Motherhood penalty remains a pervasive problem in the workplace
Mothers looking for employment are less likely to be hired, are offered lower salaries and are perceived as being less committed to a job than fathers or women without children, according to a recent study of gender inequality in the workplace. What’s more, the pay gap between mothers and childless women is actually bigger than the pay gap between women and men.
“At some level, there is still a perceived incompatibility between family and the workplace, which disadvantages mothers,” said Stanford researcher Shelley Correll, PhD, professor of sociology. “My research finds that mothers are judged by a harsher standard, which leads to a ‘motherhood penalty’ in getting hired and being offered a good salary.”
In one test, Correll and her colleagues found that evaluators consistently ranked mothers as less competent and less committed workers than childless women but ranked fathers as more competent and committed than non-fathers. In a follow-up study, the researchers responded to more than 600 newspaper ads for high-level business positions by sending out fake resumes for two equally qualified candidates that varied only in very subtle references to parenting activities. They found that the childless female candidate was twice as likely to be called in for an interview as the mother. Fathers experienced no call-back penalty.
Correll’s study points to a pervasive and almost subliminal discrimination that also affects business outcomes. Her study, “Getting a Job: Is There a Motherhood Penalty?” has received several awards, including the 2008 Rosabeth Moss Kanter Award for Excellence in Work-Family Research, which is co-sponsored by an alliance of human resources professionals.
“Organizations may be making errors in judgment based on stereotypical assumptions that prevent them from hiring the best person possible for the job,” she said. “Raising awareness of this problem may reduce bias. We’ve found that many organizations are willing to respond and are interested in changing their policies.”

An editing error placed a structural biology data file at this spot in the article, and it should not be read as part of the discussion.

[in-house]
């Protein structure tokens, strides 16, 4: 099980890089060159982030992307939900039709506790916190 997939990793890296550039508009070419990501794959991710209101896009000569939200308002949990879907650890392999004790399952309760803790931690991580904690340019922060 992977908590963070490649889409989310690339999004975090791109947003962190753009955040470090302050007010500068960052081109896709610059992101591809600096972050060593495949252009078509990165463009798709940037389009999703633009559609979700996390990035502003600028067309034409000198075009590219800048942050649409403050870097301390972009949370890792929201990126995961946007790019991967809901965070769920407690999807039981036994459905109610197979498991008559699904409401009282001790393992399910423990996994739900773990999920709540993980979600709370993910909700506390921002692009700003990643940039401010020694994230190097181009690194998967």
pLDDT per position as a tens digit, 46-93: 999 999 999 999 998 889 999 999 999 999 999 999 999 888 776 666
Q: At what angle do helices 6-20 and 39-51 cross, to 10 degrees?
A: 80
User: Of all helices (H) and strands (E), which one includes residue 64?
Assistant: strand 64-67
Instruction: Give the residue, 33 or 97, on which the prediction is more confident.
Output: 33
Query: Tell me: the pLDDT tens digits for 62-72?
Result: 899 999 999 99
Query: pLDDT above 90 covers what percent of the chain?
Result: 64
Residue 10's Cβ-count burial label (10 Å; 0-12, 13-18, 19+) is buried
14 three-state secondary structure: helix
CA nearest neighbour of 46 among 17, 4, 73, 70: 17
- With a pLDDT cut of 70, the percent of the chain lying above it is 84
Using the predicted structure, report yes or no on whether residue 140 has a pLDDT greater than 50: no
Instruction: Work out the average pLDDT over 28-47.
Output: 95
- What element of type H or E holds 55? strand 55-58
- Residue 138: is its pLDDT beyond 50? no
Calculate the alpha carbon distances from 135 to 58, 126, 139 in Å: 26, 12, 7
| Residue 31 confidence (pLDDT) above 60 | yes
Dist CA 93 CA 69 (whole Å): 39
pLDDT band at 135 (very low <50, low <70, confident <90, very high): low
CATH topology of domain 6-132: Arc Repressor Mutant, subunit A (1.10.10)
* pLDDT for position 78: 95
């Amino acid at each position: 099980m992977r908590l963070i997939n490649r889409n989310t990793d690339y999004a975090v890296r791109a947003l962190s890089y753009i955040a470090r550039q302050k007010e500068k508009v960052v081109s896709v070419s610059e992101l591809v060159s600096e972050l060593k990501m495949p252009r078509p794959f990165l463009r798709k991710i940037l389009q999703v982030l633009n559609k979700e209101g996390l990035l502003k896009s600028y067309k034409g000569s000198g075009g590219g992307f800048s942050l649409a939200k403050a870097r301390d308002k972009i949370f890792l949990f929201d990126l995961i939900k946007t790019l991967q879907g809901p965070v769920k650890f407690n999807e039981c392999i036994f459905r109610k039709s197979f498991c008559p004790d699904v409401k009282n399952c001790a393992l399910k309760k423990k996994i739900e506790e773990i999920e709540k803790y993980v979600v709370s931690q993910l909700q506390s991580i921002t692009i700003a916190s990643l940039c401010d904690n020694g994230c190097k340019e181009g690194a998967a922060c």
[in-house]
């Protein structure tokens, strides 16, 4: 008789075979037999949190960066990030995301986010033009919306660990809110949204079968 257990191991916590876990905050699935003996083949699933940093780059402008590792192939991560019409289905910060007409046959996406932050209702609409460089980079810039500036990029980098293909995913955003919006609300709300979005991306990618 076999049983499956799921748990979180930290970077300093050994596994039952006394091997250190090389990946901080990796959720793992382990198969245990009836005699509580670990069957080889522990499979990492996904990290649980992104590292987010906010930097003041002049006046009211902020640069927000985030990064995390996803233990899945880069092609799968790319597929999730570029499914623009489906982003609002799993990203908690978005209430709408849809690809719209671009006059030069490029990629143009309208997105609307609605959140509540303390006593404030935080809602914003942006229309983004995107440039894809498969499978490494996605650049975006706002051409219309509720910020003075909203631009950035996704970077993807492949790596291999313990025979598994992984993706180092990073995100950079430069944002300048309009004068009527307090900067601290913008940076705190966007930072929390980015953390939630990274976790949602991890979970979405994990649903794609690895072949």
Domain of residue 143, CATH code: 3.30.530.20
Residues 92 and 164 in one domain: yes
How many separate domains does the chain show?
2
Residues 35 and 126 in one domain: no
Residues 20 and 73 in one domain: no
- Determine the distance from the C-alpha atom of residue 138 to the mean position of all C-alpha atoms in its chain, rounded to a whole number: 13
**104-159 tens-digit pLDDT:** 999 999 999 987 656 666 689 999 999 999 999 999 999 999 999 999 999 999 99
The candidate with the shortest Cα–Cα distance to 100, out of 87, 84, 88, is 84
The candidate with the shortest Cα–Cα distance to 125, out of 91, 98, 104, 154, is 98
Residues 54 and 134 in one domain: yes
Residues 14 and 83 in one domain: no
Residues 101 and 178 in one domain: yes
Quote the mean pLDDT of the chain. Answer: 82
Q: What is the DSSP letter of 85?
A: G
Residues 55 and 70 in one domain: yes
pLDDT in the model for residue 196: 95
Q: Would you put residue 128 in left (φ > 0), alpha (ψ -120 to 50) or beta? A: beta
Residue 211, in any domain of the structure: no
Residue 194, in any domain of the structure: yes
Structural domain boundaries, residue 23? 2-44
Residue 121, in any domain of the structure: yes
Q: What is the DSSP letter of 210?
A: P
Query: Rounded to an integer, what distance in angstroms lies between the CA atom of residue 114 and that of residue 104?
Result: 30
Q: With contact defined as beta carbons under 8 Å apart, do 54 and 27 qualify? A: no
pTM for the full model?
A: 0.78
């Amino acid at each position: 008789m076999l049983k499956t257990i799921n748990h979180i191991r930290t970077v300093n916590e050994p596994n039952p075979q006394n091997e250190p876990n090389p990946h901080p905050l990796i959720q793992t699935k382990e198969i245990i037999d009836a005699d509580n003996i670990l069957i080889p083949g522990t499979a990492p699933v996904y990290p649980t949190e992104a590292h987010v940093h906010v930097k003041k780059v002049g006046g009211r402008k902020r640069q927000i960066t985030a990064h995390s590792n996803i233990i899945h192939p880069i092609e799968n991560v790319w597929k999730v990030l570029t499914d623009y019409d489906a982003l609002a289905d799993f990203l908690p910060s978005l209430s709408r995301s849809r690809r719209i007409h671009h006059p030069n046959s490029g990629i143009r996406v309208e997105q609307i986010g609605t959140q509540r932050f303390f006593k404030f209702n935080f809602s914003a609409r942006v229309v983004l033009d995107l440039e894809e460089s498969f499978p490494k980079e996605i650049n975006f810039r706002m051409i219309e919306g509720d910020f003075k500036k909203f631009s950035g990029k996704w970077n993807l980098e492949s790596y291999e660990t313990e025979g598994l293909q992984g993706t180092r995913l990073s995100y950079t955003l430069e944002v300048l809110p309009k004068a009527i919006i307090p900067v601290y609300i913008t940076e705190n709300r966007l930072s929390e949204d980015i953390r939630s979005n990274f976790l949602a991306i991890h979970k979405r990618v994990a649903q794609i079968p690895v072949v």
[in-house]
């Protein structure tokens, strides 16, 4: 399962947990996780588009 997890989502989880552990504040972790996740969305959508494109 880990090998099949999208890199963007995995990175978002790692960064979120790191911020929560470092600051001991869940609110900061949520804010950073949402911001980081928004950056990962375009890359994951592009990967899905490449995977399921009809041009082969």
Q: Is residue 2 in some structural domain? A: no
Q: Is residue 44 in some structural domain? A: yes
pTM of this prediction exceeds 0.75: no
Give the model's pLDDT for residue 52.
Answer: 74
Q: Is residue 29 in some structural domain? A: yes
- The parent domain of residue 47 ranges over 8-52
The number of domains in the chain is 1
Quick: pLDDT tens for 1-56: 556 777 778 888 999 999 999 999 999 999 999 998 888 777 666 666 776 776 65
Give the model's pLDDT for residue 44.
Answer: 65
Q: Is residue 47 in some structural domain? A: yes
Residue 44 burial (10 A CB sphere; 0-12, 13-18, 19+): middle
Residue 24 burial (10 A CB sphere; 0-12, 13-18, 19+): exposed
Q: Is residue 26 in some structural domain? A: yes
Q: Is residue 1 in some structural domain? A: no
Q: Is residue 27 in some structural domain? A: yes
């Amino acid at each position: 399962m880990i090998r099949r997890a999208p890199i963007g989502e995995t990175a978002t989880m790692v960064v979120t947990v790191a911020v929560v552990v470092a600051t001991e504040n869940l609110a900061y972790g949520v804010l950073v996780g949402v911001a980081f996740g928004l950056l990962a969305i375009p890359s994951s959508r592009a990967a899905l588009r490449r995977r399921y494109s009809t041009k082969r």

The next steps, she added, are to examine the extent legal and organizational policies can reduce bias. She also is identifying other ways that mothers are stereotyped. For example, studies have shown that mothers are often perceived as not working hard enough; however, when mothers demonstrate intensive effort, they are often seen as unlikable and selfish. And mothers are judged by a harsher standard when it comes to calling in sick or taking time off. “Whether being seen as working too hard or not working hard enough, mothers experience discrimination,” said Correll.
As the Incoming Director of the Clayman Institute for Gender Research, Correll plans to encourage interdisciplinary investigations among researchers in business, psychology, social science, law and medicine on a thematic focus she terms “Beyond the Stalled Revolution: Advancing Gender Equality in the 21st Century.”
“From the ‘60s through the early ‘90s, there was tremendous progress in gender equality—the wage gap shrunk, women entered professional fields, more women joined the labor force, work-life issues improved,” she said. “But progress has stalled. I hope to bring together people from a wide array of perspectives to try to understand why there has been a stall and to kickstart progress again. The Institute is multidisciplinary by nature: My challenge is to figure out how to bring scholars together to collectively focus on this important issue.”